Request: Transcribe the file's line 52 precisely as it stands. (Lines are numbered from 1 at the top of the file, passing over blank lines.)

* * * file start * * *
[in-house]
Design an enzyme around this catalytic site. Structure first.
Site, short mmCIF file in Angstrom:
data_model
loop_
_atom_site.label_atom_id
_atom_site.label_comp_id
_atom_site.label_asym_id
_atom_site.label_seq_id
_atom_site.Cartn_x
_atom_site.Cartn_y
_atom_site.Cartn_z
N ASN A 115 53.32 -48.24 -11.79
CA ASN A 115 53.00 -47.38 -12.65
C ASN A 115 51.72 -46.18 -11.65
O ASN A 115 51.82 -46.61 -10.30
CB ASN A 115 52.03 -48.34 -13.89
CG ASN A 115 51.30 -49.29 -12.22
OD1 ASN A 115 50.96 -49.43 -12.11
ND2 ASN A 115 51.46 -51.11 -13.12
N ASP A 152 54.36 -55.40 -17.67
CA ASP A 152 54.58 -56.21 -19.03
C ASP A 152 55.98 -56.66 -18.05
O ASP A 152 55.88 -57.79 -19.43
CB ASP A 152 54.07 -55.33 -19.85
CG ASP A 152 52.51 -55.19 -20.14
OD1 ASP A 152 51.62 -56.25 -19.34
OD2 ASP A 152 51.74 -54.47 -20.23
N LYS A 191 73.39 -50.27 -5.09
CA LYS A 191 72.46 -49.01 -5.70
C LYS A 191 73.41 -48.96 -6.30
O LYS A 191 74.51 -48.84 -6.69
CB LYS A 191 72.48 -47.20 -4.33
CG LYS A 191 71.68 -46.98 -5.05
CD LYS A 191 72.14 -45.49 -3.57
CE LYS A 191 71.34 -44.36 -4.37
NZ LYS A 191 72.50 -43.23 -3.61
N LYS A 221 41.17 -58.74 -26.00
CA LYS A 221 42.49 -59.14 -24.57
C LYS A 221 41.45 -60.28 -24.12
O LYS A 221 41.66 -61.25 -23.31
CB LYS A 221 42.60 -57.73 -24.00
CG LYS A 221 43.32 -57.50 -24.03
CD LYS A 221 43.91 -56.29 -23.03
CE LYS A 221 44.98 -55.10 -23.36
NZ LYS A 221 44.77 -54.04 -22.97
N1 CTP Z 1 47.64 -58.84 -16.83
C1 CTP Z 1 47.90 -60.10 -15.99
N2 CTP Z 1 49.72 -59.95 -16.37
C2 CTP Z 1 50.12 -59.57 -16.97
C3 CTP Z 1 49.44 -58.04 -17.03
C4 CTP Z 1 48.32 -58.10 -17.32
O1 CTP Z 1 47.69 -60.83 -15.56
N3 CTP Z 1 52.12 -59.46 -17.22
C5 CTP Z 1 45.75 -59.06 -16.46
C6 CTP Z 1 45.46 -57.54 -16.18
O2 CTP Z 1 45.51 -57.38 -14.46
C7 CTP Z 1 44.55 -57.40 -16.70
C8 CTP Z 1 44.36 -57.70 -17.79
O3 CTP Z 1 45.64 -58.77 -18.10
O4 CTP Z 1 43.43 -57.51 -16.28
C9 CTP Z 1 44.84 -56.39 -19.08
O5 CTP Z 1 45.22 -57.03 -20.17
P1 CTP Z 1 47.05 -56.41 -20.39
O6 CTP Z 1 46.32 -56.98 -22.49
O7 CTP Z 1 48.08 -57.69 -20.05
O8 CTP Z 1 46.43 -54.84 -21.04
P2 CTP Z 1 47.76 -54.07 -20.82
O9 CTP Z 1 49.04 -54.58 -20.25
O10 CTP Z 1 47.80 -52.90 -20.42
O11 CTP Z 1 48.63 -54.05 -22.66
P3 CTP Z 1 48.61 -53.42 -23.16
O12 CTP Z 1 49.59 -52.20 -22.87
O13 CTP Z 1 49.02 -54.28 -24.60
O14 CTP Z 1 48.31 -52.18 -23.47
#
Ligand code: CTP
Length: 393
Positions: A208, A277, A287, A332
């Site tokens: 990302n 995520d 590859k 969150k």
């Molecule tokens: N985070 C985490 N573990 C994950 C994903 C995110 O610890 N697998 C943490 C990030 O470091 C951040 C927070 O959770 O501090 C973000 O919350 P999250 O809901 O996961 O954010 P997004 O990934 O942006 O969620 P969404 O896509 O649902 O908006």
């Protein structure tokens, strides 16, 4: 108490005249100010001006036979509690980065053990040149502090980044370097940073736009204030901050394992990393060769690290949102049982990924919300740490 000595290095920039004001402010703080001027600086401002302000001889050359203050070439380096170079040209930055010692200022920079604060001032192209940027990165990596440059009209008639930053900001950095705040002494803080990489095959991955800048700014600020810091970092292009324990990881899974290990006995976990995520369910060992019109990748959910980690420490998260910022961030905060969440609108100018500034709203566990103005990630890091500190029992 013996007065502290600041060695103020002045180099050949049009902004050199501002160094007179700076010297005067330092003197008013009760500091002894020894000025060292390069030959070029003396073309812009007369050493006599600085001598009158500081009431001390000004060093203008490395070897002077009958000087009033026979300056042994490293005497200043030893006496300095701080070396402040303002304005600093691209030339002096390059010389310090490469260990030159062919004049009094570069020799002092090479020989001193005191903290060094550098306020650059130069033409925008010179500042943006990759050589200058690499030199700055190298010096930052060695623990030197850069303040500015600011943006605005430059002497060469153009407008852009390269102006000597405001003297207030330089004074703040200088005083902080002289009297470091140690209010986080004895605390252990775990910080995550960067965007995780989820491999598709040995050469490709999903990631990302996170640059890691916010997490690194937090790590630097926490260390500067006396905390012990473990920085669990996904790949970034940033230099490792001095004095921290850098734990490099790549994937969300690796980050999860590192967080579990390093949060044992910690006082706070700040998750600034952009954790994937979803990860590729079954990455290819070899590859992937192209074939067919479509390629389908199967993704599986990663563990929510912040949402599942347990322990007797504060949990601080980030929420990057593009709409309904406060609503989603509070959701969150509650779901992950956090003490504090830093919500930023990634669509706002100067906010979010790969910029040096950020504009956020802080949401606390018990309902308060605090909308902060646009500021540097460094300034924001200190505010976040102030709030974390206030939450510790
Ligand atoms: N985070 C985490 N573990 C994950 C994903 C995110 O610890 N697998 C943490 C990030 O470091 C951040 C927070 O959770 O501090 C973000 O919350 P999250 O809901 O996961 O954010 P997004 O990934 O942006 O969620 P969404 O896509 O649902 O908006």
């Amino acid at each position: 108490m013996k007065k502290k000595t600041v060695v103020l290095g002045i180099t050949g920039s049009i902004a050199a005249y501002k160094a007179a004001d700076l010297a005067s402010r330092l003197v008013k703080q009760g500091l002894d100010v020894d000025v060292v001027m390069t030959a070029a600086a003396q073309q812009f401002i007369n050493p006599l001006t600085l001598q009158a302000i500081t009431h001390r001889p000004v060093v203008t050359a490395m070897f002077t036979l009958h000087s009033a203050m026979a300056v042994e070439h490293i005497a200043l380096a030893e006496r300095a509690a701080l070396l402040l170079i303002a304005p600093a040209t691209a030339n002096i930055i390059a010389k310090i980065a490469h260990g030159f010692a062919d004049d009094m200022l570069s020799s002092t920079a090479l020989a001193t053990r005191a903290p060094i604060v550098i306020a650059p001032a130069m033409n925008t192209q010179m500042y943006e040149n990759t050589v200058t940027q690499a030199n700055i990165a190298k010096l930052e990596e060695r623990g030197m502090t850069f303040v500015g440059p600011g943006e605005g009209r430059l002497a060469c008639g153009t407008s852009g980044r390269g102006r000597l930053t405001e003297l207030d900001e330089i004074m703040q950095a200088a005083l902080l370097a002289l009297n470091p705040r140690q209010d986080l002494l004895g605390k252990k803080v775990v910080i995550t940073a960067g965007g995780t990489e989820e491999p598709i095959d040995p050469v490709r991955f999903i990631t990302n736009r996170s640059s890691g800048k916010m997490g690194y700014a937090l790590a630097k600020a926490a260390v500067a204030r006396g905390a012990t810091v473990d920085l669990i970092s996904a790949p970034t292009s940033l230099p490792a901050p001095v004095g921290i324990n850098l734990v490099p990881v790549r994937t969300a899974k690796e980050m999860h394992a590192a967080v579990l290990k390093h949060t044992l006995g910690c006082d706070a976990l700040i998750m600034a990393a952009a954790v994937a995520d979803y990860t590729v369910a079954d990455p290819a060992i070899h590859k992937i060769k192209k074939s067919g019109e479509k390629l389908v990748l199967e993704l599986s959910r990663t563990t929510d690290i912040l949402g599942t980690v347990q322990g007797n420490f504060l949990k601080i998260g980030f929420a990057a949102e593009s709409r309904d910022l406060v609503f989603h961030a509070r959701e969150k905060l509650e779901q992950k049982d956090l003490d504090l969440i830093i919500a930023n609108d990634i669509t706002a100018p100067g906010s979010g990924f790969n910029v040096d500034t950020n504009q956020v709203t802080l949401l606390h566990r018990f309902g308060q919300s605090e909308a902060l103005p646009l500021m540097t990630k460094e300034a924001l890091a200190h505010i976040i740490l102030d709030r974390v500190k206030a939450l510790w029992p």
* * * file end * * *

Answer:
C4 CTP Z 1 48.32 -58.10 -17.32